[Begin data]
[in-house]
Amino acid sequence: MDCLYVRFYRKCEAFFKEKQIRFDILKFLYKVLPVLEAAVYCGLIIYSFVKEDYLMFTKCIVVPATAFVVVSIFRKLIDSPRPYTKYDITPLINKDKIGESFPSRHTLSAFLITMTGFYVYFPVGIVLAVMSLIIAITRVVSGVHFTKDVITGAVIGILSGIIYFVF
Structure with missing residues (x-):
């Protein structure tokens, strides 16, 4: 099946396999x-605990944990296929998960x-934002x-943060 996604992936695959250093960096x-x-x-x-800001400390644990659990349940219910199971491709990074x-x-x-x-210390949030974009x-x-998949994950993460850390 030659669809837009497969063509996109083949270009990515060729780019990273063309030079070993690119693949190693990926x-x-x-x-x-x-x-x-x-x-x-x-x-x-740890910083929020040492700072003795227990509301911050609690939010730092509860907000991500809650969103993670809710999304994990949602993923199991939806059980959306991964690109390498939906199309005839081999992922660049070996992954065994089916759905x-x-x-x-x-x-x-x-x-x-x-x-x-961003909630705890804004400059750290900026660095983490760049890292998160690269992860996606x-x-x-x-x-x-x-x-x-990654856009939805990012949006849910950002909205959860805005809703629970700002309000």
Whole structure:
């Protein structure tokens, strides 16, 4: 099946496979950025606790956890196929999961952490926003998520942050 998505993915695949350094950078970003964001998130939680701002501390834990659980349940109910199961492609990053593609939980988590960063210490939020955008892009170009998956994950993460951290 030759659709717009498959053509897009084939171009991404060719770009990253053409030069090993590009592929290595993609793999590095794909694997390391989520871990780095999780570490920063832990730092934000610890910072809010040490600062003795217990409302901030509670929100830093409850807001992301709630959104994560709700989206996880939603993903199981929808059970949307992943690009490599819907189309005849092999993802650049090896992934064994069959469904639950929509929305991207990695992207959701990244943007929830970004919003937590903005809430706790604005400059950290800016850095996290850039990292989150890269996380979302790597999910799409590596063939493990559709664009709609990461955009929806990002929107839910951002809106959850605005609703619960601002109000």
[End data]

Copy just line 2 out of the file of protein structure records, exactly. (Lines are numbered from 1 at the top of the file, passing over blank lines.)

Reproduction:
Amino acid sequence: MDCLYVRFYRKCEAFFKEKQIRFDILKFLYKVLPVLEAAVYCGLIIYSFVKEDYLMFTKCIVVPATAFVVVSIFRKLIDSPRPYTKYDITPLINKDKIGESFPSRHTLSAFLITMTGFYVYFPVGIVLAVMSLIIAITRVVSGVHFTKDVITGAVIGILSGIIYFVF